28 October 2015
Magaliesberg Biosphere Celebration - globally acclaimed; locally cherished.
The Magaliesberg Biosphere celebrates international recognition at Aerial Cableway hosted by the Hartbeespoort Tourism Association. South Africa now has eight Biosphere Reserves. The World Network of Biosphere Reserves, which Magaliesberg now joins, counts 631 biosphere reserves in 119 countries. On the 9th of June UNESCO proclaimed the Magaliesberg a World Biosphere Reserve.
Iain Gunn, Chairman of the Harties Tourist Association welcomed over 200 guests including the press, active role-players, stakeholders and VIP’s to this day of celebration for this destination rich in biodiversity and rich heritage.
Well-known author of “The Magaliesberg, speaker, initiator of the Biosphere and past chair of the Magaliesberg Biosphere Not-for-Profit Company Vincent Carruthers passionately presented insight into the understanding of a biosphere for all who live, visit or work in the Magaliesberg Biosphere. “I’m most grateful there is now international recognition of this great mountain range that has witnessed the whole span of life, from its very origins,” he said. “The Magaliesberg is almost 100 times older than Mount Everest and half the age of the earth, a unique treasure for us in this part of Africa” said Carruthers.
“We are delighted with this final acknowledgement of the unique nature of the Magaliesberg and the powerful contribution it is making to our country, to the ecosystem services in Gauteng and the North West and the communities it nurtures over an extensive area,” said Paul Fatti, chair of the Magaliesberg Biosphere Initiative Group (MBIG. After nearly a decade of lobbying since 2007 and sustained efforts by a small committee of environmentalists, Fatti was present at UNESCO in Paris for the announcement in June 2009 where the Magaliesberg was declared a World Biosphere Reserve.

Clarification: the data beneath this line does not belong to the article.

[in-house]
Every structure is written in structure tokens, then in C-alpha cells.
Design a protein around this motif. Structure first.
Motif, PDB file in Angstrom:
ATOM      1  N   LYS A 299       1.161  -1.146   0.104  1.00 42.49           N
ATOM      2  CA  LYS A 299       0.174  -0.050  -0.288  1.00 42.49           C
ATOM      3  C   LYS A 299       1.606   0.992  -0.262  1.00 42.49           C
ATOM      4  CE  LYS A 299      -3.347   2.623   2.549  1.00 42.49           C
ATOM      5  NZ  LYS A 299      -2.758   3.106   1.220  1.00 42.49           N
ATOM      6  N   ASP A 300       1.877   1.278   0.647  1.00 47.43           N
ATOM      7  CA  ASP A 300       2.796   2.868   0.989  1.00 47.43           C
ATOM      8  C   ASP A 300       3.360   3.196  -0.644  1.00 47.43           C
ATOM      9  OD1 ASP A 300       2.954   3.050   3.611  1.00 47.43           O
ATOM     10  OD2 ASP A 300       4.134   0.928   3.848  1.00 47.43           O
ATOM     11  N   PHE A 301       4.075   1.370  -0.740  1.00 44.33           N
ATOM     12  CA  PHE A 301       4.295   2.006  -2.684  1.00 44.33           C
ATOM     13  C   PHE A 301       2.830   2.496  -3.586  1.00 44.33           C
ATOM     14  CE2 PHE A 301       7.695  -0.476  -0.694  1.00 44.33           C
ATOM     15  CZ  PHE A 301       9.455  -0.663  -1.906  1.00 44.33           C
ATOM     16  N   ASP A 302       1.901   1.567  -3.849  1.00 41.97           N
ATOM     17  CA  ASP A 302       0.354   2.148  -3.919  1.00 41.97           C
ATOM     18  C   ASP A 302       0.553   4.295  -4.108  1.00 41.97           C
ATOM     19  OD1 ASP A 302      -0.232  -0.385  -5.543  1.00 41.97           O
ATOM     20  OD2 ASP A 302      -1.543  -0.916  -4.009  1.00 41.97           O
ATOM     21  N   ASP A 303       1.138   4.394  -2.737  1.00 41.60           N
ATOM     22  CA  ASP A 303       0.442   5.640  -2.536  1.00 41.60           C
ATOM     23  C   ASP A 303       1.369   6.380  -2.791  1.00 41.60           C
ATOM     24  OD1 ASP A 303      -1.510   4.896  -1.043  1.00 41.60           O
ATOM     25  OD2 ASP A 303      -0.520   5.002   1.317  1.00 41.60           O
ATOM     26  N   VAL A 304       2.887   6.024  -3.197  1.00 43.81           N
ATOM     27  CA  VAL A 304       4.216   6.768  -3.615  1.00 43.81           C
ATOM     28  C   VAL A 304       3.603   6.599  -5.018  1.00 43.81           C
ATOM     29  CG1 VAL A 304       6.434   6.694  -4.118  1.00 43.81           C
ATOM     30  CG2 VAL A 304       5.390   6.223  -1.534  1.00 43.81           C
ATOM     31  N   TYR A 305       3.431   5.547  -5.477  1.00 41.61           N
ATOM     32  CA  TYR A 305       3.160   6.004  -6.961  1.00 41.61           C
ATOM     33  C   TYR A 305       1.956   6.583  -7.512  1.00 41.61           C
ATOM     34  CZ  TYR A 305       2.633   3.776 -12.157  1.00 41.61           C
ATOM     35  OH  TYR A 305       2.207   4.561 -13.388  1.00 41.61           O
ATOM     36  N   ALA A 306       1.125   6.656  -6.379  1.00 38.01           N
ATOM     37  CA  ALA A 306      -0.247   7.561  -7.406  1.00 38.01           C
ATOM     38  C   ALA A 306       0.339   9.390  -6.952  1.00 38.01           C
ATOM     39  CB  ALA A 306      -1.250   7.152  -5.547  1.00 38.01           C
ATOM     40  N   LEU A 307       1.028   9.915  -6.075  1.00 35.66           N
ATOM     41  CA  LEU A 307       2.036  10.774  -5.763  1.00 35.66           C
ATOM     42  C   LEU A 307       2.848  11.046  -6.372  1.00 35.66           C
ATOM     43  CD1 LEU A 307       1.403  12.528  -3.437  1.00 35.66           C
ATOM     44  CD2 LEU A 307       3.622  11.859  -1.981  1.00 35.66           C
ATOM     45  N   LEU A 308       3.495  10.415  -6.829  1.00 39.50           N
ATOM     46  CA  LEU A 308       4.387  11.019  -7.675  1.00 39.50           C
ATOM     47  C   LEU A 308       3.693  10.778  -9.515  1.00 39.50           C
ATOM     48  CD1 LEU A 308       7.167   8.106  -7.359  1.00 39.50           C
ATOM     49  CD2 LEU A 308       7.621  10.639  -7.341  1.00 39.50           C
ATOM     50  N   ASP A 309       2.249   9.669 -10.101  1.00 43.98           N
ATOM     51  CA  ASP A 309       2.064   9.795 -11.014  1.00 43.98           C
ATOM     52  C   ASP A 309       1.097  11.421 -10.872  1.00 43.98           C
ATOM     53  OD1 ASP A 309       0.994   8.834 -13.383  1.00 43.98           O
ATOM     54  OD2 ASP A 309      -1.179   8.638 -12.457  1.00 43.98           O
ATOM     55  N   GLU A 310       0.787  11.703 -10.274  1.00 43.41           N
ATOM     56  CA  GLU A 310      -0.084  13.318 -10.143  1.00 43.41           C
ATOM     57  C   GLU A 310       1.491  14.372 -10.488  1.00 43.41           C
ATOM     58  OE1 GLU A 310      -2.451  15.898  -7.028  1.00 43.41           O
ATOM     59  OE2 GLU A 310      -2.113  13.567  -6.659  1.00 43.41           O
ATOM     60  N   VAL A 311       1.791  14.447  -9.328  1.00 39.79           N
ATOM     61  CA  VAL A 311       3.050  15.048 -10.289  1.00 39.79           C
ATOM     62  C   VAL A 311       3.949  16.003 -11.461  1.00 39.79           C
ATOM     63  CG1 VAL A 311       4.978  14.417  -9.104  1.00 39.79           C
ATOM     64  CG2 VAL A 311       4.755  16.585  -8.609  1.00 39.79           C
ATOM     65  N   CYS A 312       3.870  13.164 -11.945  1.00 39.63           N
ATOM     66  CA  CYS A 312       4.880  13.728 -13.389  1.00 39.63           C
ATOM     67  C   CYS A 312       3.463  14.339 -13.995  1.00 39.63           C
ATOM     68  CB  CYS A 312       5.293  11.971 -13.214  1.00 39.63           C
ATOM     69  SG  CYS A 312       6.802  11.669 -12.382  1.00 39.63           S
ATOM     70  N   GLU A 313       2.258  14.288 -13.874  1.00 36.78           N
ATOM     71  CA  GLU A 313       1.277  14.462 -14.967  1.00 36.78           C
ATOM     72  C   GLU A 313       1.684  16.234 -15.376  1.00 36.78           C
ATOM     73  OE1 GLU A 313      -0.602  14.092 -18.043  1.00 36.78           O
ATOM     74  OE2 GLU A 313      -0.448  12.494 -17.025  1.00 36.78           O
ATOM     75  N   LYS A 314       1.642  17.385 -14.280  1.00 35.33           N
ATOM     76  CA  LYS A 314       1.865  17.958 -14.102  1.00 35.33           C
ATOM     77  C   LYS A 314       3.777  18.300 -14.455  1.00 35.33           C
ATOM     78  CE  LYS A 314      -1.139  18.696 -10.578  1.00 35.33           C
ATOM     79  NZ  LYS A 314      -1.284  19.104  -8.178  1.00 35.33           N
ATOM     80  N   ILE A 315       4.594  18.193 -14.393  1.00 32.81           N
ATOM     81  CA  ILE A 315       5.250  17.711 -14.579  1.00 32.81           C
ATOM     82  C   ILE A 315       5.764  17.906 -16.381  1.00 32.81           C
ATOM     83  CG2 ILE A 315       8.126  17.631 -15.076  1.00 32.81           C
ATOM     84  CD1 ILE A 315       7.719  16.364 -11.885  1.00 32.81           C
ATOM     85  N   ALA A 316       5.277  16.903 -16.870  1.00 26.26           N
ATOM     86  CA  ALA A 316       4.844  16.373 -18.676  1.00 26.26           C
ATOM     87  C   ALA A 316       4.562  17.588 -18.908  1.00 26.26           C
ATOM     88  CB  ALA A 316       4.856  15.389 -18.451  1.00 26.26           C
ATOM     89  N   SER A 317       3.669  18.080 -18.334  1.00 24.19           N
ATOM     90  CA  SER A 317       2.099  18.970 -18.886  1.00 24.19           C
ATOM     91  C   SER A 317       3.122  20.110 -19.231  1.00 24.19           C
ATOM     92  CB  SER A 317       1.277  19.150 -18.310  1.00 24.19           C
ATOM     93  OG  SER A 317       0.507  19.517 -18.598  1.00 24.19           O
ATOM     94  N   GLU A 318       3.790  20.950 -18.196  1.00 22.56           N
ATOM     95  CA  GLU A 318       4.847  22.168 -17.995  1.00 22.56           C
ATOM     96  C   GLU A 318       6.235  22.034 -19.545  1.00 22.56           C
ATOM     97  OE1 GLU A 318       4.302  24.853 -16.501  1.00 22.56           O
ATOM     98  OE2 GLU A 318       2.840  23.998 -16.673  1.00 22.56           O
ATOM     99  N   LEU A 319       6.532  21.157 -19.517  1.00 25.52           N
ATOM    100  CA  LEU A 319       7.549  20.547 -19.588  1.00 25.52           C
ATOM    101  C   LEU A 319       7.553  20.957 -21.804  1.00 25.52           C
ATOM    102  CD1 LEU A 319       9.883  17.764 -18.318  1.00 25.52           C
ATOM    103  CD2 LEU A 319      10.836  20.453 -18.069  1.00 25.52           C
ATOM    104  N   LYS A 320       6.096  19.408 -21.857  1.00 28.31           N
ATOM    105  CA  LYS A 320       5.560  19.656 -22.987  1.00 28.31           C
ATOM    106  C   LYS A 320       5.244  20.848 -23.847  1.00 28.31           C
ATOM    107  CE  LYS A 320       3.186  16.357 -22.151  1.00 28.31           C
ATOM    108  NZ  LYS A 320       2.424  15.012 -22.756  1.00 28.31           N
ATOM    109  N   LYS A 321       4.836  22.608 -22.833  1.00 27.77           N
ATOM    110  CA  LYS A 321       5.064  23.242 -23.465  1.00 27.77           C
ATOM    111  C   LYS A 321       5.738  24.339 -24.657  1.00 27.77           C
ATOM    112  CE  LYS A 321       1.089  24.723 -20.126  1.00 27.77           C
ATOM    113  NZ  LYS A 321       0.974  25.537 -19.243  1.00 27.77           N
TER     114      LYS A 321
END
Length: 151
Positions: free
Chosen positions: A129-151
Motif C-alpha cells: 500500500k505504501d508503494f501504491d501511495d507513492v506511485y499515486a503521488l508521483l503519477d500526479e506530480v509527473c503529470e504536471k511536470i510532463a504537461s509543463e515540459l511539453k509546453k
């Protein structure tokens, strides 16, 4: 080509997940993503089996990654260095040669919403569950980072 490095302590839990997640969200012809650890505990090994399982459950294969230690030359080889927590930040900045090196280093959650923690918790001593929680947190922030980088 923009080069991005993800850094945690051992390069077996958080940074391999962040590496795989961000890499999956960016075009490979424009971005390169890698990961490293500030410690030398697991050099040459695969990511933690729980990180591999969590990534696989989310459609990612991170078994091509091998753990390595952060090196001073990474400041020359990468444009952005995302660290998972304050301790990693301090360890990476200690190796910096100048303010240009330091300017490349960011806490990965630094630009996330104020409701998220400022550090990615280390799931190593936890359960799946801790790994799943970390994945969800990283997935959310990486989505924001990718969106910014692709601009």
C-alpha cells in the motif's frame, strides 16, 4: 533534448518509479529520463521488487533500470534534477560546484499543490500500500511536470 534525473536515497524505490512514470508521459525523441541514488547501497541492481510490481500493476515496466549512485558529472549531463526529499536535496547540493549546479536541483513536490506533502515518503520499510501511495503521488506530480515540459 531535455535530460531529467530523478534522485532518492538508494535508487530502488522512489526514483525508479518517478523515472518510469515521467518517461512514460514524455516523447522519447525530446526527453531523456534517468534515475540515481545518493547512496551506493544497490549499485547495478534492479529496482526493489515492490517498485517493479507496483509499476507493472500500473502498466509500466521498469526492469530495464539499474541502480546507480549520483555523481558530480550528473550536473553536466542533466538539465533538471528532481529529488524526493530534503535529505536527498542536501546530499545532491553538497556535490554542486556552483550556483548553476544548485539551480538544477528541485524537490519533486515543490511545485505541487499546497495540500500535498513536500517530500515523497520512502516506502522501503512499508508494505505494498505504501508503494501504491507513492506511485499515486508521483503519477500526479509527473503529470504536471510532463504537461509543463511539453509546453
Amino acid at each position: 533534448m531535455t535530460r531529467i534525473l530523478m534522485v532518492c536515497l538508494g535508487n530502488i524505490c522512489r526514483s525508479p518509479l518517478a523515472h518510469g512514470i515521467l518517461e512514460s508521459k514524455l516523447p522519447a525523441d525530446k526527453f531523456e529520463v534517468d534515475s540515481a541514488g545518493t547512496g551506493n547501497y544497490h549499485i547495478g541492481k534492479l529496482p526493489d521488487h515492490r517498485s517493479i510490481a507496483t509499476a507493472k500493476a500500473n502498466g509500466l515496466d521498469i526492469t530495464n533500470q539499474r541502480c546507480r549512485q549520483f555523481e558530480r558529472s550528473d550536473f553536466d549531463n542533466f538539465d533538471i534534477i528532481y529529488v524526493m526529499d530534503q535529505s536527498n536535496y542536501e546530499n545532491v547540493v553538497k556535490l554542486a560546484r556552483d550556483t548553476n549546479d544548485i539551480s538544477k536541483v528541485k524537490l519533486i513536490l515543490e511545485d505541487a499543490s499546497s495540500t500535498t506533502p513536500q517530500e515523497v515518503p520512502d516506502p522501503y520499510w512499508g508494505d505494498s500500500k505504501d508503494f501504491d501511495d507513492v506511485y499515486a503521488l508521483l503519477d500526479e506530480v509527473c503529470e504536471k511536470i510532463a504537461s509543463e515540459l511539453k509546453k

Professor Lee Rogers Berger our newest “rock star” paleoanthropologist, physical anthropologist and archaeologist, best known for his recent discovery of Homo naledi and Australopithecus sediba spoke about the importance of his work and that of many scientists within The Cradle of Humankind explaining importance of exploration and sharing of information for future generations to build a sustainable world class tourist destination within the Magaliesberg Biosphere.
After all the most impressive presentations, proud guests were transported up the Aerial Cableway where they were entertained by the Ennis Thabong High School and a local Marimba band. Prof Lee Berger then unveiled a granite plaque on the summit of “Our Magaliesberg” mountain range to celebrate the international designation of the Magaliesberg Biosphere.
Local marketing and mapping specialists and producers of the of the Cradle of Humankind, Harties, Magalies, Muldersdrift & surrounds tourist map - Wanita Sparrow and Zelko Marinovic who celebrate their 21 years’ work with the Magaliesberg and Cradle of Humankind tourism community are proud to announce that the Magaliesberg Biosphere NPC confirmed that it fully endorses Magaliesberg Map with regard to the production and distribution of tourist and road maps covering the full extent of the Magaliesberg Biosphere including the Cradle of Humankind.
Zelko Marinovic - “We are looking forward to the synergy between all the role-players and stakeholders within this remarkable tourist destination, making it a world class tourism destination”.
Guests then enjoyed the spectacular scenery from the top of the Magalieberg Mountain and left with a feeling of great excitement to have been part of this historical event.